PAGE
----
University of Pittsburgh at Johnstown
Pitt-Johnstown Seal

Heather (Pritt) Wissinger -  Lockheed Martin

NAME: Heather Marie (Pritt) Wissinger
Pitt-Johnstown GRAD: December 2001



MAJOR: Applied Mathematics MINOR: Computer Science
JOB TILTLE: Associate Software Engineer (with Lockheed Martin)
One of the best parts of my job so far is that I do not have one specific project to work on. It varies from day to day what I am doing. There are things that I am required to work on, but I also have the opportunity to work on any project that interests me. I am encouraged to be creative, have fun, and explore anything that I feel I can change for the better. Although I have worked on several different projects, they are all for the same component known as IEC, or Integrated Exploitation Capability. Most of my work thus far has been computer related. I've worked on dual booting a workstation in order to optimize the use of resources by eliminating the need for so many machines. By dual booting a workstation, two separate users could use the same computer and work off of two different hard drives without interfering with each other's work. There are two solutions for the dual booting problem, one is software related while the other involves removable hard drives. We've had success in both areas. In addition, I've also worked on a scripting project that would automate the process of configuring workstations. My partner and I then decided to apply what we learned about scripting by creating scripts to automate the dual boot setup that was designed for Windows. Our success with the scripts has also given us the opportunity to do some work for other projects. So far all of my work has been with IEC, but eventually I will be going to SBIRS, which stands for Space Based Infrared System. This project is designed to perform space surveillance missions for the Air Force and eventually replace the DSP (Defense Support Program) that has been in place for 30 years. According to an article that I read, SBIRS is designed to "support multiple missions, including missile warning and detection, missile defense, technical intelligence and battlespace characterization." According to my manager, SBIRS is "a payload that when fully operational will reside in three orbits: HEO (highly elliptical orbit), GEO (geosyncronous orbit) and LEO (low elliptical orbit)." The project is based in Boulder, Colorado, but the Mission Management capability was transferred to Gaithersburg, Maryland approximately two years ago to implement the "move the work, not the people" philosophy. Gaithersburg employees share the mission responsibilities with a team in Boulder that is staffed by Northrop Grumman Corporation. The team that I will be working with is currently working on the mission software that supports the HEO orbit. I've been told that Gaithersburg has also developed software in support of the overall SBIRS architecture and plans are in the works to also support development of the Telemetry and Commanding software. Since I have yet to begin my work with SBIRS, I cannot elaborate any further. I must admit though, that I am extremely excited about going to this project.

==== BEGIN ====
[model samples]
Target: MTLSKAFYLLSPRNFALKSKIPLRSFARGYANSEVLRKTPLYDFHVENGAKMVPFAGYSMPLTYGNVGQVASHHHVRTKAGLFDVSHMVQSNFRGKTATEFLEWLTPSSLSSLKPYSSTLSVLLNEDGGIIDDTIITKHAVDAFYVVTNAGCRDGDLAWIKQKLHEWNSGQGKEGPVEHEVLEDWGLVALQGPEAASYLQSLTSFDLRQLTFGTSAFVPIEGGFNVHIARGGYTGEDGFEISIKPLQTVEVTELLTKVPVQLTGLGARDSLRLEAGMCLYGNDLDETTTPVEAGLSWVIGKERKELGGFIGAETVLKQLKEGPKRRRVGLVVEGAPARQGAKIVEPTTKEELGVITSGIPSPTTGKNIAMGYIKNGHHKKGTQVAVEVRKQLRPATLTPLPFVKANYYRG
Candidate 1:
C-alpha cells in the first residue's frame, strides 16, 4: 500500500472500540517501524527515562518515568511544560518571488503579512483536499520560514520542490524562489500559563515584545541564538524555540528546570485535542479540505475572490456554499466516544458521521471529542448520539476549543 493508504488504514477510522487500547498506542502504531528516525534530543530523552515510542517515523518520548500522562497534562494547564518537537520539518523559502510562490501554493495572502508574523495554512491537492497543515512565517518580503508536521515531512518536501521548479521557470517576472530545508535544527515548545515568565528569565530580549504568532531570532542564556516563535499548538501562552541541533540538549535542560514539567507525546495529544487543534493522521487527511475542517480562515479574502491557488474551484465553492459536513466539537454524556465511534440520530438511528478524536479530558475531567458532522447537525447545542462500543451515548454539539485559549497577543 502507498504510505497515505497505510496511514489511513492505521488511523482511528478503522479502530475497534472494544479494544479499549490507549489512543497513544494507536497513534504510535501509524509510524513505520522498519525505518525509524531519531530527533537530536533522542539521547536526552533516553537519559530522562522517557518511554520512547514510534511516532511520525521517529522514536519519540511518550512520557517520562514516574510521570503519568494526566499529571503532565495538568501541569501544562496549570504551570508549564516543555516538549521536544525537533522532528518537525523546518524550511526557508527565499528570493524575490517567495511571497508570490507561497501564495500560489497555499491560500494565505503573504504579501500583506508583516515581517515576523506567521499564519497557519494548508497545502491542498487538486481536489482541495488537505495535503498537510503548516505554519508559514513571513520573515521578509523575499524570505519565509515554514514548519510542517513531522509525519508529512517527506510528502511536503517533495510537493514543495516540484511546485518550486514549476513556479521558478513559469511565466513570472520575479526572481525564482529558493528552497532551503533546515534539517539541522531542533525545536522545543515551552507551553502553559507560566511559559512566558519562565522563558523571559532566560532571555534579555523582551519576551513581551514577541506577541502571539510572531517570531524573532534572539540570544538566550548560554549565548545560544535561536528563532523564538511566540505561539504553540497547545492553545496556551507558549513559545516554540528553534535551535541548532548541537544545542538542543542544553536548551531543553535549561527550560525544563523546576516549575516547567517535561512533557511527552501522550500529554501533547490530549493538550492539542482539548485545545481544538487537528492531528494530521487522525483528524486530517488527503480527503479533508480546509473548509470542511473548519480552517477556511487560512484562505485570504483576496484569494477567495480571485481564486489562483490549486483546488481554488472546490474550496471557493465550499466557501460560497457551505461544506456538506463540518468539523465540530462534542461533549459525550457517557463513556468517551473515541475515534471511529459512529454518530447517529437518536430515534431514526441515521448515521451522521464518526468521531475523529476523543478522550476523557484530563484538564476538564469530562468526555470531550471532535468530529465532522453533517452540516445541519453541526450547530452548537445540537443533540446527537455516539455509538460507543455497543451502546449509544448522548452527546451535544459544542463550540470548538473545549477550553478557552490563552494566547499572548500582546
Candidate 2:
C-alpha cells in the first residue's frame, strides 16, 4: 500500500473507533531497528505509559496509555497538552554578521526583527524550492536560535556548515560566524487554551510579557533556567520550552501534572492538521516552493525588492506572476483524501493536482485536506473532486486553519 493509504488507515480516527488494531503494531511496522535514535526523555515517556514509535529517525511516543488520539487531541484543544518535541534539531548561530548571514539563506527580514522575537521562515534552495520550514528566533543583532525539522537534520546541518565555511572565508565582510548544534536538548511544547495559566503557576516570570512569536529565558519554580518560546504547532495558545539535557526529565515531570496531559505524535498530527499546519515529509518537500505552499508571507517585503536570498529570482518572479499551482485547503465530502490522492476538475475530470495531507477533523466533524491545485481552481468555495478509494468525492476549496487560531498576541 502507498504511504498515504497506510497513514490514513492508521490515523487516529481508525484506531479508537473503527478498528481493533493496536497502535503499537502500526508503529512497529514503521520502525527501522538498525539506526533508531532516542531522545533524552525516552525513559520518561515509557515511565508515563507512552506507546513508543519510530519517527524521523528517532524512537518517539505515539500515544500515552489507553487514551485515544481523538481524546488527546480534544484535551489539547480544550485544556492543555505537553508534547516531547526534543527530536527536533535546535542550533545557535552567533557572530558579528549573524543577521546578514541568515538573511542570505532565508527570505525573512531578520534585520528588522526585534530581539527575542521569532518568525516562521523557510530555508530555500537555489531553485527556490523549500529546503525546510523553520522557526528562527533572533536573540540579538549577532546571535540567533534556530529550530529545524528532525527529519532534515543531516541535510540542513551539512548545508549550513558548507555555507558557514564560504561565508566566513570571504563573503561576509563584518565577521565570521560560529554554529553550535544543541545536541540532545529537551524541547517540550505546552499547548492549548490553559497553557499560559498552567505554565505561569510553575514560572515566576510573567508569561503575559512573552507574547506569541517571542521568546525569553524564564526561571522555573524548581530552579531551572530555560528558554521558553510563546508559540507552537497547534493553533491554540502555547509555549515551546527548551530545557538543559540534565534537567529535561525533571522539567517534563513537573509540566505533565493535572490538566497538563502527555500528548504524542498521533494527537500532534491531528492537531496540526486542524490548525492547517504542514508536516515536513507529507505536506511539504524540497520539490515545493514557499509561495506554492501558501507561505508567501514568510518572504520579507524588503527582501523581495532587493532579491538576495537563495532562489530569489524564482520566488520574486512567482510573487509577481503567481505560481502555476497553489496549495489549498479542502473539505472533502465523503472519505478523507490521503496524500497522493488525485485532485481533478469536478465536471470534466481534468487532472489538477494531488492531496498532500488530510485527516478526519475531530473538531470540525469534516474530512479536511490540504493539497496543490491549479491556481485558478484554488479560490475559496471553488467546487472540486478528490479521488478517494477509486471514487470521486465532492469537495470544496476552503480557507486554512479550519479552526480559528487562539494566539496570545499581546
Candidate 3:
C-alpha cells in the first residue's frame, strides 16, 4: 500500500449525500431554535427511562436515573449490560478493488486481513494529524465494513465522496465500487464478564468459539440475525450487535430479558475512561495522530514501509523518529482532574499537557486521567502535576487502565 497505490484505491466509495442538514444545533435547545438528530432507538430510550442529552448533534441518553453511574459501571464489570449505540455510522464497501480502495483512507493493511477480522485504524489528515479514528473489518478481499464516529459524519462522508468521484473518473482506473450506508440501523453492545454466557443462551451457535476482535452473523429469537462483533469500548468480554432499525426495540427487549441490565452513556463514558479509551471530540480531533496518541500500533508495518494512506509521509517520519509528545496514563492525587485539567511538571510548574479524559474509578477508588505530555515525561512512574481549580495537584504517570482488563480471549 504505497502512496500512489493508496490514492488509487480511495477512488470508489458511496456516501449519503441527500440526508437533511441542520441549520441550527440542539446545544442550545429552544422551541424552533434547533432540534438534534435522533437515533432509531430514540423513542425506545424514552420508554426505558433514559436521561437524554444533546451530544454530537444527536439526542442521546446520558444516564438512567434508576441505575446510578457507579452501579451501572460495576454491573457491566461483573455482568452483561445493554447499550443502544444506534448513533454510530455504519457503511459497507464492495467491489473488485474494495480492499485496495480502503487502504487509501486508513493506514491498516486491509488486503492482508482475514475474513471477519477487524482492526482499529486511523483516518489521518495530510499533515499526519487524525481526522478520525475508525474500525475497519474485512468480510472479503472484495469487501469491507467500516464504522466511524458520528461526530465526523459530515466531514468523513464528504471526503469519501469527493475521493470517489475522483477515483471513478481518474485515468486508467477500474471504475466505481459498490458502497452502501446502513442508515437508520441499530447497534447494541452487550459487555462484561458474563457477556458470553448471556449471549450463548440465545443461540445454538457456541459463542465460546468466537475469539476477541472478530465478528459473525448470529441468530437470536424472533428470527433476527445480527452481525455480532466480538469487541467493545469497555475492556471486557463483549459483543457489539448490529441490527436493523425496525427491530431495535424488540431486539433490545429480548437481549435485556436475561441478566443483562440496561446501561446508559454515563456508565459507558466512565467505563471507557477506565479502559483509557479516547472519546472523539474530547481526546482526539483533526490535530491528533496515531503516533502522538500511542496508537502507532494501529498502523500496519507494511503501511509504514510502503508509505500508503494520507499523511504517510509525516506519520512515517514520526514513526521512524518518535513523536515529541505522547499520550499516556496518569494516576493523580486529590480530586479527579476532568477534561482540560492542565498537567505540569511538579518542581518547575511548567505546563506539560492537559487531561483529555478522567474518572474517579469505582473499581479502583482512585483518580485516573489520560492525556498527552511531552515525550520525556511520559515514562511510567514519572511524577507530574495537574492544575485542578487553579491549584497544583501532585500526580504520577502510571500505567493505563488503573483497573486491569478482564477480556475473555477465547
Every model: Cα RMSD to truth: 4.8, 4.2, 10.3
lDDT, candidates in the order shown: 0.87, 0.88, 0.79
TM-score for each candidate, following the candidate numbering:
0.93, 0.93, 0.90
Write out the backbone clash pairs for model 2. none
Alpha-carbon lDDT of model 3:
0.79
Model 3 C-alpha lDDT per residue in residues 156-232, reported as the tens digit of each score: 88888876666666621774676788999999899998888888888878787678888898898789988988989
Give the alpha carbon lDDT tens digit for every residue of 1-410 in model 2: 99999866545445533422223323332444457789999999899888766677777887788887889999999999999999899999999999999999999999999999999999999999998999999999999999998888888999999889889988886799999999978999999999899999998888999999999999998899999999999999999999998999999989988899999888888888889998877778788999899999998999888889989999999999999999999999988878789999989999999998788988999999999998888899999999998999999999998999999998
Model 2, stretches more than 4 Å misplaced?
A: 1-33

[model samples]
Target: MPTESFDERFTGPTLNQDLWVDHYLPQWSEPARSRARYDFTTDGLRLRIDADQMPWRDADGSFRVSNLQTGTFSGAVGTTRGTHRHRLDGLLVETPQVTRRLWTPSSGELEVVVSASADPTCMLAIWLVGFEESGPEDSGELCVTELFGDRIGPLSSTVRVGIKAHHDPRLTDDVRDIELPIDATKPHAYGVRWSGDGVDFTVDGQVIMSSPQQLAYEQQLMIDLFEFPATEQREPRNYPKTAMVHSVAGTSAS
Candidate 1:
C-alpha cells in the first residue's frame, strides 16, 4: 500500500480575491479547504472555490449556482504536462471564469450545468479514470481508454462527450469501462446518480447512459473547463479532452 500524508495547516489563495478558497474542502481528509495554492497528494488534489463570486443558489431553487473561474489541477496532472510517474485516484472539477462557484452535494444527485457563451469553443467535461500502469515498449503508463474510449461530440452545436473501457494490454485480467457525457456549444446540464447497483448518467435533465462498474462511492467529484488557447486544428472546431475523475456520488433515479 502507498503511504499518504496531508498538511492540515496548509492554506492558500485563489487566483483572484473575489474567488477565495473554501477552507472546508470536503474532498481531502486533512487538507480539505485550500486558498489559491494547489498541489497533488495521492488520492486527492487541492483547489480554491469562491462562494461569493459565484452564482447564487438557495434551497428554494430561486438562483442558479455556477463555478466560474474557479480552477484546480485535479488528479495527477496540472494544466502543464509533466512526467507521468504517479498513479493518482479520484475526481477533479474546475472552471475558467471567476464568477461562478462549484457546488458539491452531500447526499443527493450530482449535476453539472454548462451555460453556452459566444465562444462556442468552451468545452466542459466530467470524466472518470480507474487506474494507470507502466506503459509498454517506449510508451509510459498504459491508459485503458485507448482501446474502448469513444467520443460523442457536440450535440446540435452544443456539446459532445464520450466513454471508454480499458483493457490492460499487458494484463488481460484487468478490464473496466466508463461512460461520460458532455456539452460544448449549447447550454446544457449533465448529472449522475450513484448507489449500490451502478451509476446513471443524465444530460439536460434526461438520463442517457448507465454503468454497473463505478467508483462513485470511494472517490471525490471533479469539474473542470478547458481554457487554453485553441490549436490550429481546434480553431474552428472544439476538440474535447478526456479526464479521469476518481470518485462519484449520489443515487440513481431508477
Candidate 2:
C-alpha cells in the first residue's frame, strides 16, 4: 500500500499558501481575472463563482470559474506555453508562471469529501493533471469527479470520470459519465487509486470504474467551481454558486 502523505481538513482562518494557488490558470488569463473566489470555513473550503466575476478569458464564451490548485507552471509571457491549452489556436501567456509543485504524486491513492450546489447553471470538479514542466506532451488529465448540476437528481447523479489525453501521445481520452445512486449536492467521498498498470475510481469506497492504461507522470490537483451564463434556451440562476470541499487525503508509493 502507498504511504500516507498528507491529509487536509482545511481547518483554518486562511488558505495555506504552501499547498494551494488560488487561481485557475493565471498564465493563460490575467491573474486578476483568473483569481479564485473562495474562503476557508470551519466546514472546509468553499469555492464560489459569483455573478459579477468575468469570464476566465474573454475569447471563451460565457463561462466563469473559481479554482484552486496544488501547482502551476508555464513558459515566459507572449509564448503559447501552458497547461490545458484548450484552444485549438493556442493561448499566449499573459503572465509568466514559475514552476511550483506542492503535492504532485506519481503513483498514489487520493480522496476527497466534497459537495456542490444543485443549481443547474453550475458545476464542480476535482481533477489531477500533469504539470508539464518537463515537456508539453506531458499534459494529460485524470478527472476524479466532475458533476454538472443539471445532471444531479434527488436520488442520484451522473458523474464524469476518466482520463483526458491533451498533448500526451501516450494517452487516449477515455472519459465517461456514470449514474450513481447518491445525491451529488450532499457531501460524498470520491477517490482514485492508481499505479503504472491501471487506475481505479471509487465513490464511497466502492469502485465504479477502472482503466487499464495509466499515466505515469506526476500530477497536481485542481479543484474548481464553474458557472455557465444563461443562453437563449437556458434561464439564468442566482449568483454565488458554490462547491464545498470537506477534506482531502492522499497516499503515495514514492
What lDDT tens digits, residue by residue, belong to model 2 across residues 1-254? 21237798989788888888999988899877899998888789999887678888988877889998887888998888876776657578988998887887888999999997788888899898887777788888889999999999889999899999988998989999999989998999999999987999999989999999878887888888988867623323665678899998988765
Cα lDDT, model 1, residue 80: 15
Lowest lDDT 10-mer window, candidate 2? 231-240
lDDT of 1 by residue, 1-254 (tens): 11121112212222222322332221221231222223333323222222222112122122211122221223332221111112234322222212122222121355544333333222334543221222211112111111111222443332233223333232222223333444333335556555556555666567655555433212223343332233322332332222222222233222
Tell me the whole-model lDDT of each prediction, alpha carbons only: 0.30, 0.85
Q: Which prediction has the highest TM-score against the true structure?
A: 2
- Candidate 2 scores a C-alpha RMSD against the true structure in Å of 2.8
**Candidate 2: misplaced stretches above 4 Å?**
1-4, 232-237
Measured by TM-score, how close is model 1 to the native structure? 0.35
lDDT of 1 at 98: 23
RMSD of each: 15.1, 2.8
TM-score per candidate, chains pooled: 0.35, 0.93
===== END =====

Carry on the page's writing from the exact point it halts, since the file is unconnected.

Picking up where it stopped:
The neatest aspect of my work is how it is "real work" and affects our everyday life. For example, the project I have been working on for IEC actually helps support the Office of Homeland Security. SBIRS, which I briefly spoke of, helps support our National Defense System. It is nice to know that I am taking my education and applying it in order to make our country a safer place to live.
The best advice I can give is to take full advantage of the educational opportunities offered in college, particularly those in Mathematics, Science, and Computer Science. Then when it comes time to start searching for a career, don't limit your search. There are so many great careers out there for math majors. Places such as Lockheed Martin, National Security Agency, U.S. Census Bureau, Naval Surface Warfare Center, Department of Energy, Raytheon, as well as many others are constantly looking for mathematics majors. One thing to keep in mind is that a degree in mathematics does not limit you to a strictly math related career. Being proficient in mathematics shows that you have the ability to think logically and apply what you've learned to different areas. Companies are not looking to hire someone who knows everything, but instead someone who realizes how much more they have to learn. They want to hire someone who has a solid educational background and is willing to continue their education through a career that affords them the opportunity for a lifetime of learning.
Last Reviewed: November 23, 2004